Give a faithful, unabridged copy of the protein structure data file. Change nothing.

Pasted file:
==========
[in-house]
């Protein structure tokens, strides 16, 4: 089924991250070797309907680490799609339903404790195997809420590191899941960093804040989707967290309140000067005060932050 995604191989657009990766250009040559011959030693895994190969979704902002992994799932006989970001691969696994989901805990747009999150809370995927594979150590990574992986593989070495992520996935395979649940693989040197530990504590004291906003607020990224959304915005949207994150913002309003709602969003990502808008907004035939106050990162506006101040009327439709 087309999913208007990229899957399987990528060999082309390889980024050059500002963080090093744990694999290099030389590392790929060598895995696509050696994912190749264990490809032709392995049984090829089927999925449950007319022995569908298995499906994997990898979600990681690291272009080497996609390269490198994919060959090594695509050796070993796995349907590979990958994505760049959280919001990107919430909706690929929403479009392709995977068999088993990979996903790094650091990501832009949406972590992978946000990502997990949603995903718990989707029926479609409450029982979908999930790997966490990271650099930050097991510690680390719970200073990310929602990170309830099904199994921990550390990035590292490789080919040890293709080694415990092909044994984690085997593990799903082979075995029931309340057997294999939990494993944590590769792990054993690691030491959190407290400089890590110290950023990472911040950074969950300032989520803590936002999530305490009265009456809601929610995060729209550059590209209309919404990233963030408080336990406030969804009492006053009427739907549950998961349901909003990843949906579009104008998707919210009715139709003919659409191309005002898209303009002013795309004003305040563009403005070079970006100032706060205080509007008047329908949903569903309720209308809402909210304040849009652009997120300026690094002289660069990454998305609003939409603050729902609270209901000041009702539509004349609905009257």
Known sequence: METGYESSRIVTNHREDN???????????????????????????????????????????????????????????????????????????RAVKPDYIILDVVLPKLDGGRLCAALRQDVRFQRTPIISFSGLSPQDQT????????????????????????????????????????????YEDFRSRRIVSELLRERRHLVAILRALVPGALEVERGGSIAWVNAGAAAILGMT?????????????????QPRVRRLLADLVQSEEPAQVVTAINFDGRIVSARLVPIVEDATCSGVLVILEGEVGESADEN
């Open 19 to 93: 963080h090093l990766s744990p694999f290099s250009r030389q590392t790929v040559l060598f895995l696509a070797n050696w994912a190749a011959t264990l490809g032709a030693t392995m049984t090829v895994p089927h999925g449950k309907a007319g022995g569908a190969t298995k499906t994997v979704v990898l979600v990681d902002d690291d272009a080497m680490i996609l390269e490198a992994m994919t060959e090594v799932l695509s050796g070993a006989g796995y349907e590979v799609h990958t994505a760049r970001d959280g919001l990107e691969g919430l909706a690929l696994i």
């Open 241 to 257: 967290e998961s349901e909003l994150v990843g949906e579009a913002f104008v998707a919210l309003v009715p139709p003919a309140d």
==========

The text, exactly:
[in-house]
């Protein structure tokens, strides 16, 4: 089924991250070797309907680490799609339903404790195997809420590191899941960093804040989707967290309140000067005060932050 995604191989657009990766250009040559011959030693895994190969979704902002992994799932006989970001691969696994989901805990747009999150809370995927594979150590990574992986593989070495992520996935395979649940693989040197530990504590004291906003607020990224959304915005949207994150913002309003709602969003990502808008907004035939106050990162506006101040009327439709 087309999913208007990229899957399987990528060999082309390889980024050059500002963080090093744990694999290099030389590392790929060598895995696509050696994912190749264990490809032709392995049984090829089927999925449950007319022995569908298995499906994997990898979600990681690291272009080497996609390269490198994919060959090594695509050796070993796995349907590979990958994505760049959280919001990107919430909706690929929403479009392709995977068999088993990979996903790094650091990501832009949406972590992978946000990502997990949603995903718990989707029926479609409450029982979908999930790997966490990271650099930050097991510690680390719970200073990310929602990170309830099904199994921990550390990035590292490789080919040890293709080694415990092909044994984690085997593990799903082979075995029931309340057997294999939990494993944590590769792990054993690691030491959190407290400089890590110290950023990472911040950074969950300032989520803590936002999530305490009265009456809601929610995060729209550059590209209309919404990233963030408080336990406030969804009492006053009427739907549950998961349901909003990843949906579009104008998707919210009715139709003919659409191309005002898209303009002013795309004003305040563009403005070079970006100032706060205080509007008047329908949903569903309720209308809402909210304040849009652009997120300026690094002289660069990454998305609003939409603050729902609270209901000041009702539509004349609905009257």
Known sequence: METGYESSRIVTNHREDN???????????????????????????????????????????????????????????????????????????RAVKPDYIILDVVLPKLDGGRLCAALRQDVRFQRTPIISFSGLSPQDQT????????????????????????????????????????????YEDFRSRRIVSELLRERRHLVAILRALVPGALEVERGGSIAWVNAGAAAILGMT?????????????????QPRVRRLLADLVQSEEPAQVVTAINFDGRIVSARLVPIVEDATCSGVLVILEGEVGESADEN
């Open 19 to 93: 963080h090093l990766s744990p694999f290099s250009r030389q590392t790929v040559l060598f895995l696509a070797n050696w994912a190749a011959t264990l490809g032709a030693t392995m049984t090829v895994p089927h999925g449950k309907a007319g022995g569908a190969t298995k499906t994997v979704v990898l979600v990681d902002d690291d272009a080497m680490i996609l390269e490198a992994m994919t060959e090594v799932l695509s050796g070993a006989g796995y349907e590979v799609h990958t994505a760049r970001d959280g919001l990107e691969g919430l909706a690929l696994i």
């Open 241 to 257: 967290e998961s349901e909003l994150v990843g949906e579009a913002f104008v998707a919210l309003v009715p139709p003919a309140d």